Harrassment Part Two - What About The Boys?
It’s not a new subject. Females in yachting have the “traditional” role on yachts – cleaning and serving. Often they have to clean up after their male counterparts which isn’t exactly helping the equality issue but anyway this is a topic that’s been so widely covered that there’s probably not much we can add to that discussion.
So, what about sexism towards men in the yachting industry? Today’s society seems so obsessed with feminism that men have been a bit forgotten in our plight to make women the stronger, as oppose to the weaker sex. So many men are frightened to have an opinion for fear of being attacked by the uber-feminists who seem to use the F word as their cover-all trump card, and being labelled a misogynist.
“Bob” the butler, has years of experience working with VIPs. He made the move into yachting some years ago and was thrilled to be engaged as the chief steward on a 70m motoryacht. However all was not well when he arrived. As he later discovered, Bob was brought on board to replace the captain’s wife, whom the owner’s wife had taken a dislike to. The crew were in an awkward position, the interior crew felt loyal towards the ex chief who’d employed and trained them up, the captain was caught between a rock and a hard place (he couldn’t just leave a well paid job – they sadly don’t grow on trees and he probably had a gigantic mortgage!), and poor Bob became the focal point for their miseries. “I felt the hostility virtually immediately,” he explained, “at first people were just a bit off with me and I thought, ok we can make them warm up to me, but then the comments started. The guys started making digs about my sexuality because I enjoyed doing what they called women’s work. I thought if nothing else this would unite my interior team as the girls would surely call them out on their blatant sexism but quite the opposite! The girls joined in and I became the target of a rather nasty campaign.” Bob tried to be nice, he tried to be firm, but in the end decided life’s too short to work with narrow minded people and left the yacht. “The owner took me to his private residence where I run the household for him and his wife now, and to be honest I much prefer it!” so at least Bob came out a winner. And the crew in question got fired for being sexist bullies so let’s hope they learned their lessons; nice to see an owner taking sexism seriously.
“Charlie” the Chef had an issue with the stewardesses ganging up on him and acting like a “bunch of savages” whenever they had a drink off the yacht. “They’d come back to the yacht and in the end I’d have to lock my cabin door. They thought it was acceptable to crash in completely drunk and grope me. Ok, first time I shrugged it off, but it just got worse. I tried talking to the captain, I told him if I slapped their backsides and laughed I’d probably get fired not to mention slapped, so why is it ok for them to grab at me? He told me to man up. It continued with just plain nasty comments during the working day that I was “gagging for it”. They’d grab me when I was cooking, it was all I could do not to drop a pan of oil over them. They found it funny, I found it stressful. Needless to say I left after a season.”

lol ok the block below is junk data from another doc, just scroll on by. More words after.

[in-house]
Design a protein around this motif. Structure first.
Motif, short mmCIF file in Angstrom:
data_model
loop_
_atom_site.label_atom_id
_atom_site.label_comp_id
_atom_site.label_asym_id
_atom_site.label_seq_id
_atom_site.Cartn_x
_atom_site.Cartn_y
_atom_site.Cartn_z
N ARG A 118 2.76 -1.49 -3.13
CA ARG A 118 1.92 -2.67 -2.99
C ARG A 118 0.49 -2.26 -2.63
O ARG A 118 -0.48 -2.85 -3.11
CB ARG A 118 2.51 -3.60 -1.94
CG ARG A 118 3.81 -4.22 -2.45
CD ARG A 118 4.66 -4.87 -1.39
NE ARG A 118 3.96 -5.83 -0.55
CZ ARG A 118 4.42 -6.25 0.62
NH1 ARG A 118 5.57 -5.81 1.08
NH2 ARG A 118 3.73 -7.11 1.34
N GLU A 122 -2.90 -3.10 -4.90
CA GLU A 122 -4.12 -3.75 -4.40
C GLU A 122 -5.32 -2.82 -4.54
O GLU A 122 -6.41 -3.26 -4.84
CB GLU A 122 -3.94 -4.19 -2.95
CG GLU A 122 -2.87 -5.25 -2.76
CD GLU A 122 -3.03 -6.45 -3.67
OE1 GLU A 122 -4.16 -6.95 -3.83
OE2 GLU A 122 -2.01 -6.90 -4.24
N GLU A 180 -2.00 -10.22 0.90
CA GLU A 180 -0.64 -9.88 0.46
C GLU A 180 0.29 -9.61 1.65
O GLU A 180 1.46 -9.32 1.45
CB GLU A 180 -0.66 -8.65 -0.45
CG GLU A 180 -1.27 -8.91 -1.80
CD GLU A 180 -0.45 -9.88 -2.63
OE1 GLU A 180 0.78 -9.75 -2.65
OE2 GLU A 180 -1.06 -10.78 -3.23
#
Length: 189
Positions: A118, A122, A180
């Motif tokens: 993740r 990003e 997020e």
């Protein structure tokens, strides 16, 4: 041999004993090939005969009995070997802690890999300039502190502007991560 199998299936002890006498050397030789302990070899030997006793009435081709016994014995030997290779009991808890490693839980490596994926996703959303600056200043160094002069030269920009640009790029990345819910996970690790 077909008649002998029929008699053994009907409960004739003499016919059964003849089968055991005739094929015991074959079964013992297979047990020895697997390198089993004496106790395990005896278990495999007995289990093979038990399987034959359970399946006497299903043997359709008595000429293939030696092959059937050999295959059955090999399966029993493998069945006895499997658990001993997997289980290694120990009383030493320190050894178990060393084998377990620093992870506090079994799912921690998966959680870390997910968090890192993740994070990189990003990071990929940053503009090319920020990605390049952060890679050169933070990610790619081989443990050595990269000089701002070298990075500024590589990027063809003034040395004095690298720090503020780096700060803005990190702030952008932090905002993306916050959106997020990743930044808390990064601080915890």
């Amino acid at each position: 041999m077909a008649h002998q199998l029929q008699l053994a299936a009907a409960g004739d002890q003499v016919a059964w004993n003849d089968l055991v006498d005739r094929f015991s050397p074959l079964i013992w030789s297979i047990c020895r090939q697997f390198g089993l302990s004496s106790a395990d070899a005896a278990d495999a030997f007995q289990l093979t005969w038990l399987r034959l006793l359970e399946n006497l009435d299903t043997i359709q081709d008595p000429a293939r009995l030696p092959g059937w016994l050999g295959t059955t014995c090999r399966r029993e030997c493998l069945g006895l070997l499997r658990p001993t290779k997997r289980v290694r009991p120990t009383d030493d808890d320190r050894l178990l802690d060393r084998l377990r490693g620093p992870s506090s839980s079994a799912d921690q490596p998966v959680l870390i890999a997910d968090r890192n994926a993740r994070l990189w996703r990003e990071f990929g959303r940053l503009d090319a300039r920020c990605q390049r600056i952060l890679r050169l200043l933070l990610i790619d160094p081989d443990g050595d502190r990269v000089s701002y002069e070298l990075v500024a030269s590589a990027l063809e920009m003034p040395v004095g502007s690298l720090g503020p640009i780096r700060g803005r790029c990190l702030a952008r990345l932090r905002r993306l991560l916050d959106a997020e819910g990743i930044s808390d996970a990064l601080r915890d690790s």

Charlie has a good point – the pack mentality of drunken women can be terrifying. What’s the worst thing to encounter… a stag party or a hen party? I think we sadly know the answer. We’re not saying men in groups out partying are innocent angels but generally the trouble comes from groups of women. Speaking to a local yacht bar owner in Palma, “John”, he told us, “We recently had quite a nasty altercation here where the police were called and it was between two women. Girls seem to get quite violent after a few drinks whereas most of the lads just get silly and pass out!” Certainly a shift in trends there then. John reported the majority of issues he’d had with drinks getting thrown or tempers flaring in the past years had been mostly women, “I’ve been running bars for years, it used to be the drunken sailors but now.. it’s the girls. And it’s harder to deal with, you can hit a bloke but you can’t hit a woman even if she’s just thrown a chair at you.” Classy ladies, real classy.
“Doug” the deckhand lasted only one season in yachting. Doug had a girlfriend ashore, however one of the stews on his yacht decided she wanted more than friendship and what started off as being a bit of harmless flirting became unbearable. Stewy basically hounded him, and when he kept denying her advances, she started sabotaging his laundry. “She ruined my clothes, she did vile things to my sheets, she was just mental.” Doug remembers. “She started crying one evening in the crew mess then started hitting me! I tried to restrain her so she started hitting herself. Then she told the first mate I’d tried to grab her! They knew it was her, I’d told him all about the situation and the weird notes she’d leave me, and how I felt uncomfortable, but despite them understanding nothing was done about it. I can’t help but feel if the role was reversed and a male crew member had been hounding one of the stews and pestering her with sexual advances he would have been brought to the captain and disciplined. I resigned and walked away from the industry to save my relationship.”
It’s a very difficult subject to deal with in an industry with such old fashioned views with women in “women’s roles” and the men doing the “actual hard work” (that’s a quote from a captain who shall remain nameless before he gets slammed for being stuck in 1952). With society and social media full of images and stories of women overcoming their hardships to get the same opportunities and pay, where does this leave such a male dominated industry? It’s another issue for the captains and heads of departments to deal with; as most captains will agree – driving the boat is the easy part. Dealing with crew, is the challenge.